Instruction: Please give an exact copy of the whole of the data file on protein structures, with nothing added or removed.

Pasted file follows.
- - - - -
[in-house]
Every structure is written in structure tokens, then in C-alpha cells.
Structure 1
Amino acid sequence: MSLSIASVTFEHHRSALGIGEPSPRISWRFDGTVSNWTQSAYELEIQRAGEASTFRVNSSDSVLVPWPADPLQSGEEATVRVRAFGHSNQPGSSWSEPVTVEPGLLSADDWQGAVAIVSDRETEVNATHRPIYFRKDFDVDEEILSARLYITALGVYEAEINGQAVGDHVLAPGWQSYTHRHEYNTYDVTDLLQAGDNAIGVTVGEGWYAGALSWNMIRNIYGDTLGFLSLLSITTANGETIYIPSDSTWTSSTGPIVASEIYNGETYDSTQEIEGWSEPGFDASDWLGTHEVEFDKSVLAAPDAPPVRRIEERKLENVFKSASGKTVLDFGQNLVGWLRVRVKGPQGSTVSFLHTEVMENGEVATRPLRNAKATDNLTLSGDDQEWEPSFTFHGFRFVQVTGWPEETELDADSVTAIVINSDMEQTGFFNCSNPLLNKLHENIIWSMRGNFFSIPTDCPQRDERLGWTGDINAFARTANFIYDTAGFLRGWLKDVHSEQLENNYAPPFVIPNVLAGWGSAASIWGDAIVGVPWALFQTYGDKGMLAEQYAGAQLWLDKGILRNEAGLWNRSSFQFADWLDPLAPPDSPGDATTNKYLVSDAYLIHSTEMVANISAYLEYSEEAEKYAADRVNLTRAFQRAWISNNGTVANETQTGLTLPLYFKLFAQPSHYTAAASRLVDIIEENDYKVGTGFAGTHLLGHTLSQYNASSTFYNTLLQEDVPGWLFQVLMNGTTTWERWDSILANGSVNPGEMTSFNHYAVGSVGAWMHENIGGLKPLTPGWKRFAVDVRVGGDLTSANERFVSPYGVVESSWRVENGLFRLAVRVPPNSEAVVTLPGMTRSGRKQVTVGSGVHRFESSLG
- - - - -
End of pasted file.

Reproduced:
[in-house]
Every structure is written in structure tokens, then in C-alpha cells.
Structure 1
Amino acid sequence: MSLSIASVTFEHHRSALGIGEPSPRISWRFDGTVSNWTQSAYELEIQRAGEASTFRVNSSDSVLVPWPADPLQSGEEATVRVRAFGHSNQPGSSWSEPVTVEPGLLSADDWQGAVAIVSDRETEVNATHRPIYFRKDFDVDEEILSARLYITALGVYEAEINGQAVGDHVLAPGWQSYTHRHEYNTYDVTDLLQAGDNAIGVTVGEGWYAGALSWNMIRNIYGDTLGFLSLLSITTANGETIYIPSDSTWTSSTGPIVASEIYNGETYDSTQEIEGWSEPGFDASDWLGTHEVEFDKSVLAAPDAPPVRRIEERKLENVFKSASGKTVLDFGQNLVGWLRVRVKGPQGSTVSFLHTEVMENGEVATRPLRNAKATDNLTLSGDDQEWEPSFTFHGFRFVQVTGWPEETELDADSVTAIVINSDMEQTGFFNCSNPLLNKLHENIIWSMRGNFFSIPTDCPQRDERLGWTGDINAFARTANFIYDTAGFLRGWLKDVHSEQLENNYAPPFVIPNVLAGWGSAASIWGDAIVGVPWALFQTYGDKGMLAEQYAGAQLWLDKGILRNEAGLWNRSSFQFADWLDPLAPPDSPGDATTNKYLVSDAYLIHSTEMVANISAYLEYSEEAEKYAADRVNLTRAFQRAWISNNGTVANETQTGLTLPLYFKLFAQPSHYTAAASRLVDIIEENDYKVGTGFAGTHLLGHTLSQYNASSTFYNTLLQEDVPGWLFQVLMNGTTTWERWDSILANGSVNPGEMTSFNHYAVGSVGAWMHENIGGLKPLTPGWKRFAVDVRVGGDLTSANERFVSPYGVVESSWRVENGLFRLAVRVPPNSEAVVTLPGMTRSGRKQVTVGSGVHRFESSLG